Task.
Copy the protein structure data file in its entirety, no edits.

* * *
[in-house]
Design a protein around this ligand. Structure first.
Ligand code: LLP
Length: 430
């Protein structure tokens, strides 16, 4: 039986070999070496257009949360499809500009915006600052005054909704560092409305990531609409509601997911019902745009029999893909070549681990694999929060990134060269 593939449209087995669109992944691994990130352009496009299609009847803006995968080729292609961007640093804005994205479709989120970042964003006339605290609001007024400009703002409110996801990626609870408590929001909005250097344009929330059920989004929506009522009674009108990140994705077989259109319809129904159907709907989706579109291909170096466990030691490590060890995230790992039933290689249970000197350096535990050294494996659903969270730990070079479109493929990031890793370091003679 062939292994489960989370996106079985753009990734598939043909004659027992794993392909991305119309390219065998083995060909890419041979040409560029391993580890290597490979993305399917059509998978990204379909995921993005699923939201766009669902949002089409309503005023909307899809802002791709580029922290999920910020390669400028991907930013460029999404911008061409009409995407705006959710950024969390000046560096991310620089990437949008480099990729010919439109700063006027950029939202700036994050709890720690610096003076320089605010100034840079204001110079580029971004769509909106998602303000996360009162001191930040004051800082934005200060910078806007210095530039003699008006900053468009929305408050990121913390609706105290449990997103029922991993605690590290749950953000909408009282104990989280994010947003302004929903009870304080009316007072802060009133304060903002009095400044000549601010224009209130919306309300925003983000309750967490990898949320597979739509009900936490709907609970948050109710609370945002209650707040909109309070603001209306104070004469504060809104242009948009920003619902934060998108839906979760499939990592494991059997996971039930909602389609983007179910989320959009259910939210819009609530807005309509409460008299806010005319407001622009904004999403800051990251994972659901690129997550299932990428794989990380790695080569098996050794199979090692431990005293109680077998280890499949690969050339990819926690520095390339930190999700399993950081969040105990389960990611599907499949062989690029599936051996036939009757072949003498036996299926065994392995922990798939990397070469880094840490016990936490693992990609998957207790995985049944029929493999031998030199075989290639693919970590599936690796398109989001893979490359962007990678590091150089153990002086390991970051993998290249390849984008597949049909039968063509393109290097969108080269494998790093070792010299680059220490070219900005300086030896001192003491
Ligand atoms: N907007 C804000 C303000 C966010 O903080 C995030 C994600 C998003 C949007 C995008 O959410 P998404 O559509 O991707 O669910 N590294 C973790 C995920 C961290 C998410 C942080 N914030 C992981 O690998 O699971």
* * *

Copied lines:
[in-house]
Design a protein around this ligand. Structure first.
Ligand code: LLP
Length: 430
């Protein structure tokens, strides 16, 4: 039986070999070496257009949360499809500009915006600052005054909704560092409305990531609409509601997911019902745009029999893909070549681990694999929060990134060269 593939449209087995669109992944691994990130352009496009299609009847803006995968080729292609961007640093804005994205479709989120970042964003006339605290609001007024400009703002409110996801990626609870408590929001909005250097344009929330059920989004929506009522009674009108990140994705077989259109319809129904159907709907989706579109291909170096466990030691490590060890995230790992039933290689249970000197350096535990050294494996659903969270730990070079479109493929990031890793370091003679 062939292994489960989370996106079985753009990734598939043909004659027992794993392909991305119309390219065998083995060909890419041979040409560029391993580890290597490979993305399917059509998978990204379909995921993005699923939201766009669902949002089409309503005023909307899809802002791709580029922290999920910020390669400028991907930013460029999404911008061409009409995407705006959710950024969390000046560096991310620089990437949008480099990729010919439109700063006027950029939202700036994050709890720690610096003076320089605010100034840079204001110079580029971004769509909106998602303000996360009162001191930040004051800082934005200060910078806007210095530039003699008006900053468009929305408050990121913390609706105290449990997103029922991993605690590290749950953000909408009282104990989280994010947003302004929903009870304080009316007072802060009133304060903002009095400044000549601010224009209130919306309300925003983000309750967490990898949320597979739509009900936490709907609970948050109710609370945002209650707040909109309070603001209306104070004469504060809104242009948009920003619902934060998108839906979760499939990592494991059997996971039930909602389609983007179910989320959009259910939210819009609530807005309509409460008299806010005319407001622009904004999403800051990251994972659901690129997550299932990428794989990380790695080569098996050794199979090692431990005293109680077998280890499949690969050339990819926690520095390339930190999700399993950081969040105990389960990611599907499949062989690029599936051996036939009757072949003498036996299926065994392995922990798939990397070469880094840490016990936490693992990609998957207790995985049944029929493999031998030199075989290639693919970590599936690796398109989001893979490359962007990678590091150089153990002086390991970051993998290249390849984008597949049909039968063509393109290097969108080269494998790093070792010299680059220490070219900005300086030896001192003491
Ligand atoms: N907007 C804000 C303000 C966010 O903080 C995030 C994600 C998003 C949007 C995008 O959410 P998404 O559509 O991707 O669910 N590294 C973790 C995920 C961290 C998410 C942080 N914030 C992981 O690998 O699971």